The Caribbean: Also occurs throughout the West Indies and has been reintroduced to Bermuda.

Most northern birds move southwards after breeding to winter in the southern USA, Mexico, Central America and the West Indies. Vagrants recorded north to Nova Scotia and Newfoundland.



Clements recognises the following subspecies [1]:

  • N. v. violacea: Central and eastern US to east Mexico and Honduras
  • N. v. bancrofti: Baja California and west Mexico to El Salvador and West Indies. [paler and larger-billed]
  • N. v. gravirostris: Socorro Island (of the Revillagigedo Islands off western Mexico). [Large-billed]
  • N. v. caliginis: Panama to Peru. [Large bill and darker grey upperparts]
  • N. v. cayennensis: Colombia to east Brazil. [Slender-billed with dark upperparts]
  • N. v. pauper: Galapagos Islands. [small and dark]


Remains of Land Crab (favorite food)
Photo © by njlarsen
Cabrits National Park, Dominica, 24 July 2010

Mainly coastal areas including rocky shores, mudflats and mangroves. Also inland on lakeshores and riverbanks. Breeding in swamps and marshes.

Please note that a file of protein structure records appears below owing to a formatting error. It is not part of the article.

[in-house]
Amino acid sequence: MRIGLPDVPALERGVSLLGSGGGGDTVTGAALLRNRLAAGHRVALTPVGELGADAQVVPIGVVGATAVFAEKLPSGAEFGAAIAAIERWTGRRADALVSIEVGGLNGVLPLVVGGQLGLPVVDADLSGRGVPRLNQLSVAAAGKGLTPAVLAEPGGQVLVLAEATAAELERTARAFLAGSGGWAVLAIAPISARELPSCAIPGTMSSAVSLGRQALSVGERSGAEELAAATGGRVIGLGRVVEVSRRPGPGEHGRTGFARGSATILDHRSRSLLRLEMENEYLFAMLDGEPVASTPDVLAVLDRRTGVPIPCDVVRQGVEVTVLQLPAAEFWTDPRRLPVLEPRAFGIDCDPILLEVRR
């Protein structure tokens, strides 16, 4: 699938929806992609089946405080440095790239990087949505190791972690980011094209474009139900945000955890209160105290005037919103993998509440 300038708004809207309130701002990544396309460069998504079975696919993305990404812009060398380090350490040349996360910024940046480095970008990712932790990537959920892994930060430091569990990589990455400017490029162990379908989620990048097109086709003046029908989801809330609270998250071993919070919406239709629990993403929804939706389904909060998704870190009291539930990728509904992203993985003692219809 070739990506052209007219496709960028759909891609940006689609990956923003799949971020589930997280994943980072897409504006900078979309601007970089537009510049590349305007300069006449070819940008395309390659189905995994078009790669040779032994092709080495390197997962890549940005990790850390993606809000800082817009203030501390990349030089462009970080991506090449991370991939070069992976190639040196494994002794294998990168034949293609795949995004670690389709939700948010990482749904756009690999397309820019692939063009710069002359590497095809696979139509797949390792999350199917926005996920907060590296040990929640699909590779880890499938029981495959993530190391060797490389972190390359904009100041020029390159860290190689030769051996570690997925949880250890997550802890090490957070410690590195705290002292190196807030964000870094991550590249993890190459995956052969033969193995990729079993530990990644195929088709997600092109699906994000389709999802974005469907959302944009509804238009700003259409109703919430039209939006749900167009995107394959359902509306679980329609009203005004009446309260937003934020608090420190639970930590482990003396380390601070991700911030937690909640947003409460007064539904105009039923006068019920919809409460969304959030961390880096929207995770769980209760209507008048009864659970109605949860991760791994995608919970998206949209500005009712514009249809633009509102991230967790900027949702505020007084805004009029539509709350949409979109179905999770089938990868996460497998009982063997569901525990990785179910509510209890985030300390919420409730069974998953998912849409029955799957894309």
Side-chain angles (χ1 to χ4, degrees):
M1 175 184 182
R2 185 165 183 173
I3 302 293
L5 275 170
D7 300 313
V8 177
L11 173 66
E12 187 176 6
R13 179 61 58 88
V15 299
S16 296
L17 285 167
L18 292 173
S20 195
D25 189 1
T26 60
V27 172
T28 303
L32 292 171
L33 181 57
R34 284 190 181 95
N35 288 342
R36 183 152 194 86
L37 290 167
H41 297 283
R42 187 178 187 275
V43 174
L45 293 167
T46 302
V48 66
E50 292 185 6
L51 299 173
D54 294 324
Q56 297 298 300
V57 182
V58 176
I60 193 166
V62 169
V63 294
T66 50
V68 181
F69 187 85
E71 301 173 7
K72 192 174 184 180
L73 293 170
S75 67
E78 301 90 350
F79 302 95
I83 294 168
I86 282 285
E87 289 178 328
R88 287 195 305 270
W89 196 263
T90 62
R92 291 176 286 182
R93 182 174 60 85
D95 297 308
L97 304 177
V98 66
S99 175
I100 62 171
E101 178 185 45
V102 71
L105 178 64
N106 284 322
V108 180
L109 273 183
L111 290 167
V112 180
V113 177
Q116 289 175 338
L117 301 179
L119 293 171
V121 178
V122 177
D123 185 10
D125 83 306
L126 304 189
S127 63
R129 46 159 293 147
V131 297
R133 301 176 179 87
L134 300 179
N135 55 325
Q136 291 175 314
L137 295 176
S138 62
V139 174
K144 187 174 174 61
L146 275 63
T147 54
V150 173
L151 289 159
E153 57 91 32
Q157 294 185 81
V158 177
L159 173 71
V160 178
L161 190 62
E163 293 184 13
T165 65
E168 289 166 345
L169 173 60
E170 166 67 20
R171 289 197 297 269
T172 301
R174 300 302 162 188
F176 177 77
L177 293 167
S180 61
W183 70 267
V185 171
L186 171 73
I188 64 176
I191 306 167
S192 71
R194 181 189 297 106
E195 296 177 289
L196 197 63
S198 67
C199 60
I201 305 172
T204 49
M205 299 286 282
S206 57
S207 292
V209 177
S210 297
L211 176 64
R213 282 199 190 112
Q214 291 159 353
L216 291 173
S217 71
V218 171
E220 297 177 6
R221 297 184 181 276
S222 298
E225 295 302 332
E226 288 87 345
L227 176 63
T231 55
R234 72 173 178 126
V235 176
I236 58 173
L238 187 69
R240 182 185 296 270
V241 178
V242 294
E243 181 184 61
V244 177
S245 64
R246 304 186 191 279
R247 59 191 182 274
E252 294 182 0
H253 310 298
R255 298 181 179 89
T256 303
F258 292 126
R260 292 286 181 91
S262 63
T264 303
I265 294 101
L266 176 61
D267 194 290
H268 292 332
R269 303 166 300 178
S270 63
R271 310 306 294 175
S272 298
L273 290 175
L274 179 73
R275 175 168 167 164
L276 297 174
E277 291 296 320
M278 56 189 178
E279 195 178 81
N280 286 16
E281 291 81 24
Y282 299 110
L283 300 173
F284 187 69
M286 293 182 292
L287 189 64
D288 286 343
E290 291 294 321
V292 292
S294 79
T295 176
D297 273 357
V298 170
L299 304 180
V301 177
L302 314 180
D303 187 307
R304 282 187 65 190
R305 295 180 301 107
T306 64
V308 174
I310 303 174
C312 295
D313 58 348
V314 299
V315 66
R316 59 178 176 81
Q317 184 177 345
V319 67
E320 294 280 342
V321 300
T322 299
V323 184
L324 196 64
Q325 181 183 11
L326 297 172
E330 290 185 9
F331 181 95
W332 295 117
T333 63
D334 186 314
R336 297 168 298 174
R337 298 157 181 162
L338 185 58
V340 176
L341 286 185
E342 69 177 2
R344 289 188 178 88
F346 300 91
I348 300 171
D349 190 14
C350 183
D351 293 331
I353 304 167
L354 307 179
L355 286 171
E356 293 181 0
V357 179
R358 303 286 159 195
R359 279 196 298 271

The degree to which they are active during day or dawn/dusk varies both geographically and with time of year; they are more likely to be encountered before dark when they have young in the nest.


Mainly colonial nesters in trees or shrubs. The platform nest is built of sticks near water. The clutch consists of 3–5 pale blue-green eggs.


The diet includes crustaceans, molluscs, frogs, aquatic insects and small fish, but one favorite food is land crabs; their bills are shaped like chisels and used to hammer a hole in the back of the crab shell.


Commonest call is "Scaup" similar to "Quock" Call of Black-crowned Night-Heron but higher pitched.


  1. Clements, J. F., T. S. Schulenberg, M. J. Iliff, D. Roberson, T. A. Fredericks, B. L. Sullivan, and C. L. Wood. 2018. The eBird/Clements checklist of birds of the world: v2018. Downloaded from http://www.birds.cornell.edu/clementschecklist/download/
  2. Birdforum member personal observations
  3. Watts, B. D. (2020). Yellow-crowned Night-Heron (Nyctanassa violacea), version 1.0. In Birds of the World (A. F. Poole, Editor). Cornell Lab of Ornithology, Ithaca, NY, USA. https://doi.org/10.2173/bow.ycnher.01
  4. Wikipedia contributors. (2018, September 4). Yellow-crowned night heron. In Wikipedia, The Free Encyclopedia. Retrieved 10:19, October 17, 2018, from https://en.wikipedia.org/w/index.php?title=Yellow-crowned_night_heron&oldid=858077943
  5. Lehman, P. E. "The Birds of Santa Barbara County, California", Revised edition, July 2018, available at https://sites.google.com/site/lehmanbosbc/, 2018. Original edition: The Vertebrate Museum, University of California, Santa Barbara, 1994.
  6. Watts, B. D. (2011). Yellow-crowned Night-Heron (Nyctanassa violacea), version 2.0. In The Birds of North America (A. F. Poole, Editor). Cornell Lab of Ornithology, Ithaca, NY, USA. https://doi.org/10.2173/bna.161

Recommended Citation

External Links

GSearch checked for 2020 platform.1